We frequently get requests for help from Plenty of Fish (see our review on POF) and Match (our review on Match) members for advice on making their online dating profiles more appealing.Typically, the alarm bells start clanging as soon as we see their profile taglines: 90% of these taglines are either typical (overused and boring) or slightly needy.

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Too bad most of them are blowing a great opportunity to grab your attention, and make you want to dig deeper.

Let’s be realistic—most of us enter zip code and age parameters, and then narrow the criteria with a custom search for a word of interest, such as 'brewpub', 'warriordash', or 'camping' Then, as soon as humanely possible we get to the photos.

The end result would be a profile that read like a good article or book jacket instead of a dating ad, and when someone reached the end of it, they’d want to read more and contact the person.

As e-Cyrano’s founder, Evan Marc Katz, likes to say, “It’s simply our job to capture you, like a cameraman taking a photo.” So, why not revamp online dating profile? Then, figure out and write down what’s 2) Like with any writing, “show don’t tell,” and the more specific, the better. Evan is a big believer in “redefining the adjective.” Meaning, if you think you’re “funny” and state that you’re killing it in your stand-up comedy class, you write the funniest messages in birthday cards and you make everyone at work laugh, that’s OK.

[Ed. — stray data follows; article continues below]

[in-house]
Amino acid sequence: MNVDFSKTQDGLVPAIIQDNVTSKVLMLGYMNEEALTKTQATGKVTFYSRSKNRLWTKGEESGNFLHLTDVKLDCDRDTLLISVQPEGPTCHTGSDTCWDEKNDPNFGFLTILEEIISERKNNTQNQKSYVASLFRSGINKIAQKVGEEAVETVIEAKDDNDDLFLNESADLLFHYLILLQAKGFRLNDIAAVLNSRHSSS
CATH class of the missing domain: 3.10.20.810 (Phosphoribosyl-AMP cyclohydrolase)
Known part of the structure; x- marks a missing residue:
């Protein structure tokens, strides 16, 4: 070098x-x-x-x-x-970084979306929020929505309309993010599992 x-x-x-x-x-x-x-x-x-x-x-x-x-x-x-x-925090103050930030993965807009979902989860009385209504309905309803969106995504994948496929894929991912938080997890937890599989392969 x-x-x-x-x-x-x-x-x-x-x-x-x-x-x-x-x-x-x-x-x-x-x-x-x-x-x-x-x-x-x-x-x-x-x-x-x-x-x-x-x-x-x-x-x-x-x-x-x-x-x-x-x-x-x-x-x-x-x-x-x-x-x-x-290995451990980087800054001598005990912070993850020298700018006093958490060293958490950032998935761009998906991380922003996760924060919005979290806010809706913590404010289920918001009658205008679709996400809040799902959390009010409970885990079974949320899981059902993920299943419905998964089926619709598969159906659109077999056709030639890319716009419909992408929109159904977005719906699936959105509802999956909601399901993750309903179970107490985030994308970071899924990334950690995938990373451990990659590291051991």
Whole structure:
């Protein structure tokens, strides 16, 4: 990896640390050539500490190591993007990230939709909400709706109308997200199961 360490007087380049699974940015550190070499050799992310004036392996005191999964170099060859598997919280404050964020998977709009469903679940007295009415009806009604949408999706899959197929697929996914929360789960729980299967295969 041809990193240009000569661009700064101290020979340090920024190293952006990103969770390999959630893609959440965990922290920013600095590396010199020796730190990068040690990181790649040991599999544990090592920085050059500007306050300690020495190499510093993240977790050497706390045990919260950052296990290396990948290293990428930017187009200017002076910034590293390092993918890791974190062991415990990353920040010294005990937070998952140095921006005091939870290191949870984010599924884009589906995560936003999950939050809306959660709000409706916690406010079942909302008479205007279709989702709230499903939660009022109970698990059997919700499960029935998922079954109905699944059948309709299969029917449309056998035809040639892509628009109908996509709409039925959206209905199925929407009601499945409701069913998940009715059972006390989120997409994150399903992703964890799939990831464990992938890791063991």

“Looking for a partner in crime,” “Are you my other half? in neuroscience yet wouldn’t even get an associate’s degree in “Writing an Online Dating Profile 101.” Many of our clients were successful, personable people (from grad students to physicists) who would make great girlfriends and boyfriends—once they had a dating profile that made them sound unique, one that couldn’t be cut and pasted into someone else’s.

” and, my favorite, “I like candlelit dinners, sunsets and walks on the beach” (yes, people still say that! If you look at ten random profiles right now, I bet you’ll find the same thing—everyone’s “funny” and “laid-back” and “adventurous.” I used to have a standard, generic profile, too, with a list of adjectives and facts: fun, outgoing, great speller (looking back, not sure how that applied), and insert-a-bunch-of-other-adjectives here. First, I would spend 30-60 minutes talking to the client.

It should be smiling, looking at the camera, and a clear shot of your face.

Check out Jill's before and after photos above; she is the beauty you see in Photo #2, and was inundated with responses after her Smart Dating photo shoot.

But when I started writing people’s online dating profiles for e-Cyrano.com, all that changed. By the end of our phone call, I’d pare down what they’d said into an enticing short story while marketing their date-ability in the process.

I’d make sure that every sentence focused on what the reader—your future boyfriend or girlfriend—could expect when dating you.

Your online photos and profile are your personal advertisement in cyberspace; they need to be amazing.